Inside Syria

Blurring the rules of engagement

Amid allegations of wrongdoing and abuse on both sides, we look at issues of ethics as the battle for Syria rages on.

It is easy, in a conflict as long and deadly as the one in Syria, to take a one-sided view – one that pits a spirited but under-armed opposition against a government-backed military machine; and in this 22 month battle, the stories are there to back it up.

The latest pictures just filed by Al Jazeera correspondent Sue Turton in Idlib province show people digging trenches and building bunkers to give their family a chance to survive the bombardments.

And then, chopping down trees; it is illegal to do that in Syria’s forests, but even though transgressors are warned of breaking the law, not a second thought is given about the consequences.

Aleppo university students were locked in their exam rooms before it was bombed by the regime forces – how is that stability? Let’s look at three million internally displaced people – how is that any sense of stability provided by Assad? One million refugees [live] outside the country; I think to say that Assad offers stability is ludicrous.

Rafif Jouejati, Syrian Local Coordination Committee

It is cold, fuel has run out, and people do what they have to do to survive.

Awash Al Doghem, a Syrian grandmother explains: “We are afraid we are breaking the law. It’s a shame. People worked hard to grow those trees and now we’re cutting them down. But how else can we stay warm? The water is freezing cold. How can we cook, or wash, or make bread?”

Now, analysts suggest that that same theory is being applied to the war itself – the idea of ‘doing what you have to do’. And this begs the question: How far can that reasoning be stretched before it moves outside the rules of engagement and turns into illegal profiteering, looting or, at the extreme end, war crimes?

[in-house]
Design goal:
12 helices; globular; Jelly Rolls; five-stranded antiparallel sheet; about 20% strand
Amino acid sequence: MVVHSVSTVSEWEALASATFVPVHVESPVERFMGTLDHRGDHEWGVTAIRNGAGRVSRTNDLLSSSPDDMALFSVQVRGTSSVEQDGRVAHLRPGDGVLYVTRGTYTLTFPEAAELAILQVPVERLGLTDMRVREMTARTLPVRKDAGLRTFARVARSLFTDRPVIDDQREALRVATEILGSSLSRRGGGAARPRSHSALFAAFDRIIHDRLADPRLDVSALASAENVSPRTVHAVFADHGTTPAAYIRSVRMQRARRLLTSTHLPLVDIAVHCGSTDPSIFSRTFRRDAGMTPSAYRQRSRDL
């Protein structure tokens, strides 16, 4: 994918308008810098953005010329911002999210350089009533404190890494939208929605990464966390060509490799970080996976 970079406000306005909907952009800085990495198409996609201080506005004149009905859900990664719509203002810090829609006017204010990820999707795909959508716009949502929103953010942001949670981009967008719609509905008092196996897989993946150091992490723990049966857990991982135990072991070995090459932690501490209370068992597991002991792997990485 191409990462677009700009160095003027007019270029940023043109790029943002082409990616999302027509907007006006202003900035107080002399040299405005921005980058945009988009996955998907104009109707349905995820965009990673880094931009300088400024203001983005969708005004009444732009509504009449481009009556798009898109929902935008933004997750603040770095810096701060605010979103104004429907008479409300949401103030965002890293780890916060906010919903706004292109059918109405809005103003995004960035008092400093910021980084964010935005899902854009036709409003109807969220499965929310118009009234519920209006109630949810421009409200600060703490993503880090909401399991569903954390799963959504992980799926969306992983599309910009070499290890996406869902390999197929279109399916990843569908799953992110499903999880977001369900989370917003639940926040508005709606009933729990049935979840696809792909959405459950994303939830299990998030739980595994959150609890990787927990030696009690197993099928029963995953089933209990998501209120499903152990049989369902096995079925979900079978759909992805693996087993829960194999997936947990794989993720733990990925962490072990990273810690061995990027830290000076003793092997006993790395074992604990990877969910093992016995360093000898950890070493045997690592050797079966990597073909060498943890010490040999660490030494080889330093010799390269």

But it is not all about looting and, of course, it is not the first time we have seen Syrian rebels accused of violations.

According to a Human Rights Watch (HRW) report in September:

  • There have been more than a dozen executions by rebels in Idlib, Aleppo and Latakia
  • It said the torture and “summary execution of detainees” in the context of armed conflict is a war crime, possibly a ‘crime against humanity’ if it is widespread and systematic
  • HRW has urged Syria’s military and civilian opposition leaders to immediately end the use of torture and executions
  • It called for an investigation, not just to hold people to account according to international law, but to invite recognised international monitors to visit all holding facilities under their control.

They [al-Nusra] are very disciplined, they are not blood thirsty and treating people well … and in the midst of fighting a true terrorist regime, it is very difficult for me to understand why the US chose to out al-Nusra on a terrorist list … We are in the midst of a battle and to try to take one group and describe them as terrorists does not help us and does not match the realities on the ground.

– Khaled Saleh, Syrian National Coalition

On the ground, among the key players starting to emerge is the al-Nusra Front. The group was branded ‘terrorists’ by the US, which effectively excludes it from any future discussions, but it continues to enjoy much respect and popularity on the ground.

It came to prominence a year ago when it claimed responsibility for a suicide bombing on police buses in Damascus that killed 26 people.

Some have linked the fighters to gunmen who used Syria as a route in and out of Iraq during the war there.

Al-Nusra leaders themselves have admitted to recruiting fighters from Saudi Arabia, Pakistan and Lebanon, as well as Britain and France.

Western diplomats have been keen to separate al-Nusra from the Free Syrian Army. But on the ground there are reports its fighters have been called in to support the FSA when it gets into trouble.

The issues of ethics and wrongdoing, which are splintering support for opposition groups like the Free Syrian Army, are reminding us that this is still – although often lopsided – a two-sided battle.

To discuss this, Inside Syria with presenter Kamahl Santamaria is joined by guests: Rafif Jouejati, a spokesperson for the Syrian Local Coordination Committee; Barak Barfi, a research fellow at the New America Foundation; and Khaled Saleh, the head of the media committee for the Syrian National Coalition.


  • Several reports accuse Syrian rebel fighters of lawlessness 
  • Syrian rebel fighters are also allegedly accused of looting
  • Syrian rebels are also accused of using civilians as human shields 
  • Human Rights Watch report accused rebels of human right abuses
  • The Syrian government accuses rebels of looting around 100 factories 
  • Many Syrians blame the opposition for not subsidising basic items